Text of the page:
- Published: Monday, 22 September 2014 06:29
Marbella, Spain –
iPhones and cars? Are you delusional?
Consider that smartphones and automobiles are two of the most important consumer products in modern life and it’s not so weird. In both worlds you have huge audiences, dedicated and sometimes opposing fan-bases, a constantly improving product cycle and high visibility. Or at least the impression of one.
Go on, we’re listening…
Audi itself says the key criteria for TT buyers is: tech-savviness, an interest in design and youth (or its appearance). Sound familiar? Like the iPhone, Audi’s tried to keep the core appeal of the product the same – a practical sports car with strong design image – while refining and updating it. A bit like Mazda's MX-5 then, but more German.
Does that mean the new TT is huge?
Thankfully, no. The car’s no bigger than before, but has a larger wheelbase for more space and stability. Everything else follows the iPhone 6 trend with a more sharply realised and executed design. From afar it looks the same, but get hands on with the car and you’ll see lots of details (like the super defined bonnet creases and new lights) that make the car a lot more modern than before. It's quite literally sharper looking too, since a lot of the rounded surfaces are now replaced with straighter edges.
What else is different?
Everything, really. Like an Apple product, the TT makes use of lots of aluminium. As was the case with previous TTs, it has a hybrid Audi Space Frame based on VW’s mainstream platform (in this case MQB) but with significant use aluminium in the frame and the entire body. The familiar 1,984cc turbo engine sees duty in the TT once again, but with everything but the basic block heavily updated for more power, efficiency and less weight.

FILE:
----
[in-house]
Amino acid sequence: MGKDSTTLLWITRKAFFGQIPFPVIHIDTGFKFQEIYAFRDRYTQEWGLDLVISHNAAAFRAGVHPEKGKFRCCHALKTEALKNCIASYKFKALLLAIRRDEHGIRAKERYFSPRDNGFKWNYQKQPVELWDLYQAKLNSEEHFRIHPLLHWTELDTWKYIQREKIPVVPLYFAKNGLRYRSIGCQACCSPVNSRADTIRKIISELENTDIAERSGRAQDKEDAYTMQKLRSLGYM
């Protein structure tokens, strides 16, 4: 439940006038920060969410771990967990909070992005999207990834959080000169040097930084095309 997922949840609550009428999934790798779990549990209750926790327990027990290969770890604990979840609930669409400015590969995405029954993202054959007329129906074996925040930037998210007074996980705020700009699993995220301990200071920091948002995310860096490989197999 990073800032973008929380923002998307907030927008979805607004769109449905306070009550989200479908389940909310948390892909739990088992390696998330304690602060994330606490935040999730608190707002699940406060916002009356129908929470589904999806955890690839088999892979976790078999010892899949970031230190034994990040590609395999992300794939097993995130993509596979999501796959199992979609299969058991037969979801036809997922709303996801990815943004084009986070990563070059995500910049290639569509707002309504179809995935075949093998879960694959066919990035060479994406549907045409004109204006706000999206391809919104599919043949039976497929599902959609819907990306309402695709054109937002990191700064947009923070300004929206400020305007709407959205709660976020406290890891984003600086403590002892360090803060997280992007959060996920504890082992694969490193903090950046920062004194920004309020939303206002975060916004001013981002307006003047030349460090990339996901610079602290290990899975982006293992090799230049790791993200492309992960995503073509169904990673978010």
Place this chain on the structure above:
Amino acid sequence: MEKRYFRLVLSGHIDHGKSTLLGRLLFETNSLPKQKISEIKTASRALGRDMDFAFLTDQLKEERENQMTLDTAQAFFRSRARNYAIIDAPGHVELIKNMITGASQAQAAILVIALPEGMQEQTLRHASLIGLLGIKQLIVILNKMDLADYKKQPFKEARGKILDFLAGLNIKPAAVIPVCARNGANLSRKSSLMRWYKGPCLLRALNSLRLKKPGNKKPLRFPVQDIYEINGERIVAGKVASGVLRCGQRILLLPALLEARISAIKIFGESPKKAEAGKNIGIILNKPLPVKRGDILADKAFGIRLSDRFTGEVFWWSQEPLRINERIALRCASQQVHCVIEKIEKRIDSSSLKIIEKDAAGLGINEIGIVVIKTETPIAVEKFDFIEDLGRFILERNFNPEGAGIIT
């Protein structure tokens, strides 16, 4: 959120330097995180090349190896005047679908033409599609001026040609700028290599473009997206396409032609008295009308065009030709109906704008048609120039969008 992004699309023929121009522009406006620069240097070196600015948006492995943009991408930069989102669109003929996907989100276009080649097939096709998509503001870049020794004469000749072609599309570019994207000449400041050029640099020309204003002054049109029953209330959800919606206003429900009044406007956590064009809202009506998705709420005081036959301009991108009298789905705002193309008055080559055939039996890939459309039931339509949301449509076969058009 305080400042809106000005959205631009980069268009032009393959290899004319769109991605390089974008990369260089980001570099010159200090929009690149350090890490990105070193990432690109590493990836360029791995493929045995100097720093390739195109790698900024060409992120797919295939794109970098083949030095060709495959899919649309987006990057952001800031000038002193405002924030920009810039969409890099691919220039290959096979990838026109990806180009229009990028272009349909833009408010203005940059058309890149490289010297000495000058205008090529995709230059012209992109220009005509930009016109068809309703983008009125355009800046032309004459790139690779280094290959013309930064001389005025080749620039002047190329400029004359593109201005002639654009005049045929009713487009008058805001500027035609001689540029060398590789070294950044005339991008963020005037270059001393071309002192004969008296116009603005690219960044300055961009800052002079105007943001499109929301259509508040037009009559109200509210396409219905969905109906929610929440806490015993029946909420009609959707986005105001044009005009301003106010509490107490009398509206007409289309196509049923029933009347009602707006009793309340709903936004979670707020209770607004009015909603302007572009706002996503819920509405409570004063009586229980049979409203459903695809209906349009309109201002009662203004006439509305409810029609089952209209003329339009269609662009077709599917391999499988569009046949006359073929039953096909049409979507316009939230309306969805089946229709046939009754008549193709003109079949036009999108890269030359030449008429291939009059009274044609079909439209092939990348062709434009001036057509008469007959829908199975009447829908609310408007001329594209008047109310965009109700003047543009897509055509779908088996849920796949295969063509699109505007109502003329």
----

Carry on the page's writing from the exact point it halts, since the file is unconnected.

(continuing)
Oh that’s good…
And it shows too, with the taut suspension and stronger engine, the lack of mass (the car’s up to 50kg lighter, depending on spec) is palpable in the way the TT accelerates and corners actively, almost rabidly. In our short first drive of the car we couldn't find much to complain about, although the ride quality seems very stiff and could be a problem on bumpier tracts. But that aside, it helps that the OS is radically different too.
Uh…a car has an OS?
What made the iPhone great was its integration of stuff into an easy to use device. Cars are also things that let you do stuff – go from A to B, haul things, have fun driving. Audi’s newest Multimedia Interface (MMI) system aims to help you do that more easily. There’s no longer a central display, but the driver gets complete control with a 12.3-inch, 1,440 x 540 pixel active instrument screen, powered by an Nvidia Tegra 3 processor (as found in a Nexus 7 tablet). There’s still an MMI rotary controller, but now you also have complete control of all the functions with a steering wheel remote.
It sounds complex…
It’s actually quite simple to get to grips with and with the razor-sharp, lag-free graphics, very easy on the eye. Check out our video to get an idea. With the elevated ability, performance and looks, the new TT has enough to be qualified as good. But with its snazzy new driver interface – and a beautifully made interior - it's quite a smart-looking, and smart drvigin coupe.
Audi TT 2.0
Engine 1,984cc, 16V, inline 4, turbocharged
Power 230bhp at 4500-6200rpm
Torque 370Nm at 1600-4300rpm
Gearbox 6-speed dual-clutch
Top Speed 250km/h
0-100kmh 5.9 seconds
Fuel efficiency 6.3L/100km
Price $TBA (2015)
Check out CarBuyer 227 out on newsstands in mid-October for a full run-down of the new Audi TT on what’s new, improved and wholly different on the coupe. Also don’t miss our drive of the 340bhp TTS model both on road and on track at Ascari Circuit!